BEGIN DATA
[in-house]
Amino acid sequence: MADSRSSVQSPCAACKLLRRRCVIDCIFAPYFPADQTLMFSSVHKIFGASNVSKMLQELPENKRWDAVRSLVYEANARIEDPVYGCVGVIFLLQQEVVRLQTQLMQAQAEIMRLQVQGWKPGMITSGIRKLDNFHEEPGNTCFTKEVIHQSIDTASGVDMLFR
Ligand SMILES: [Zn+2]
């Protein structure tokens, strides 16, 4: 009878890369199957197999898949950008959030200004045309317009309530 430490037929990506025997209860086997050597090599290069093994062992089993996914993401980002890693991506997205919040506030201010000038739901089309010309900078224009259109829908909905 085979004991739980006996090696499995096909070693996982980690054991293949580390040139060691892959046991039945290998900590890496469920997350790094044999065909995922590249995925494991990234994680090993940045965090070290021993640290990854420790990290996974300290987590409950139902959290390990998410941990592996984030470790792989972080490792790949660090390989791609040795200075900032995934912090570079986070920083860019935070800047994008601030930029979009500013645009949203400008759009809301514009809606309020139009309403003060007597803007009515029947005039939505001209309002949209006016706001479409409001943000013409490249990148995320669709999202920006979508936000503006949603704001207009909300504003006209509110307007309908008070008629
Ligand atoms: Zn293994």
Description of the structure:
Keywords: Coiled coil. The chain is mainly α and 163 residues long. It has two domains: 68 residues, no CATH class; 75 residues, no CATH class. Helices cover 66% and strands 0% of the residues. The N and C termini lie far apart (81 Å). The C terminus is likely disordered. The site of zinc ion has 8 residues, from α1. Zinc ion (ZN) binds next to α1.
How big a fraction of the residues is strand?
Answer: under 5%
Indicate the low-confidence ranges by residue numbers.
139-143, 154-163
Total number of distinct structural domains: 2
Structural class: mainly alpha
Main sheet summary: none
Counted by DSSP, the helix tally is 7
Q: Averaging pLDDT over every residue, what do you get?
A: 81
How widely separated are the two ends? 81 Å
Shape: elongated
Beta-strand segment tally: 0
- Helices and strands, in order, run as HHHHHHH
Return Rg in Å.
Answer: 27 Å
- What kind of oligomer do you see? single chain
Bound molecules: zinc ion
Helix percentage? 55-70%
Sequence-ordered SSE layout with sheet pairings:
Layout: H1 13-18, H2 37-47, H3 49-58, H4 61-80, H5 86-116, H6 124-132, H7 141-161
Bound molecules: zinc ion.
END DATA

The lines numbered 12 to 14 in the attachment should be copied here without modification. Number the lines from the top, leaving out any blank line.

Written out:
Total number of distinct structural domains: 2
Structural class: mainly alpha
Main sheet summary: none